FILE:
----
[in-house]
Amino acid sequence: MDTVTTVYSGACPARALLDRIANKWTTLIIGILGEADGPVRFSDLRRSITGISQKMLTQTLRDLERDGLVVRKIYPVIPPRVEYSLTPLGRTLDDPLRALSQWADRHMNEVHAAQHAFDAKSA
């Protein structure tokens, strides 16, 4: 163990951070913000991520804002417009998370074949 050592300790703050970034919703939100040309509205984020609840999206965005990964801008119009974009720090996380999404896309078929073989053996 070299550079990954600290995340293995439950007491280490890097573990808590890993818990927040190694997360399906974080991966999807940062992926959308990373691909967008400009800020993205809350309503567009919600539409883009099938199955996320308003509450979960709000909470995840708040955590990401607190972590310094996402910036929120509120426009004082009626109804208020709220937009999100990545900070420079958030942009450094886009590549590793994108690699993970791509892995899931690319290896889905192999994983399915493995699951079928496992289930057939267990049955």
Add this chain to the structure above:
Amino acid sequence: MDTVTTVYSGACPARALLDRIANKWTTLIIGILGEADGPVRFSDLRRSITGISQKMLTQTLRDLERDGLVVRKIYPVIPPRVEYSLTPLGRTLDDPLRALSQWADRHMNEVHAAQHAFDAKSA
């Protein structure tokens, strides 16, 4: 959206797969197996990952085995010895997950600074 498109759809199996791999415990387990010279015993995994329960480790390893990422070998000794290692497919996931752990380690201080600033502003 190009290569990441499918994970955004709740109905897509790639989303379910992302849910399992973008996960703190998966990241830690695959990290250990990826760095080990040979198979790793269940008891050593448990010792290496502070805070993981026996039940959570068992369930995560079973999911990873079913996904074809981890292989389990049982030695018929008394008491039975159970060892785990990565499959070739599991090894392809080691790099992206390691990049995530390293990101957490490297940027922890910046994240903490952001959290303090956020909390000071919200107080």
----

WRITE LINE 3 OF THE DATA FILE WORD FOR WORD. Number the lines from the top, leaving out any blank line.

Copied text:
């Protein structure tokens, strides 16, 4: 163990951070913000991520804002417009998370074949 050592300790703050970034919703939100040309509205984020609840999206965005990964801008119009974009720090996380999404896309078929073989053996 070299550079990954600290995340293995439950007491280490890097573990808590890993818990927040190694997360399906974080991966999807940062992926959308990373691909967008400009800020993205809350309503567009919600539409883009099938199955996320308003509450979960709000909470995840708040955590990401607190972590310094996402910036929120509120426009004082009626109804208020709220937009999100990545900070420079958030942009450094886009590549590793994108690699993970791509892995899931690319290896889905192999994983399915493995699951079928496992289930057939267990049955």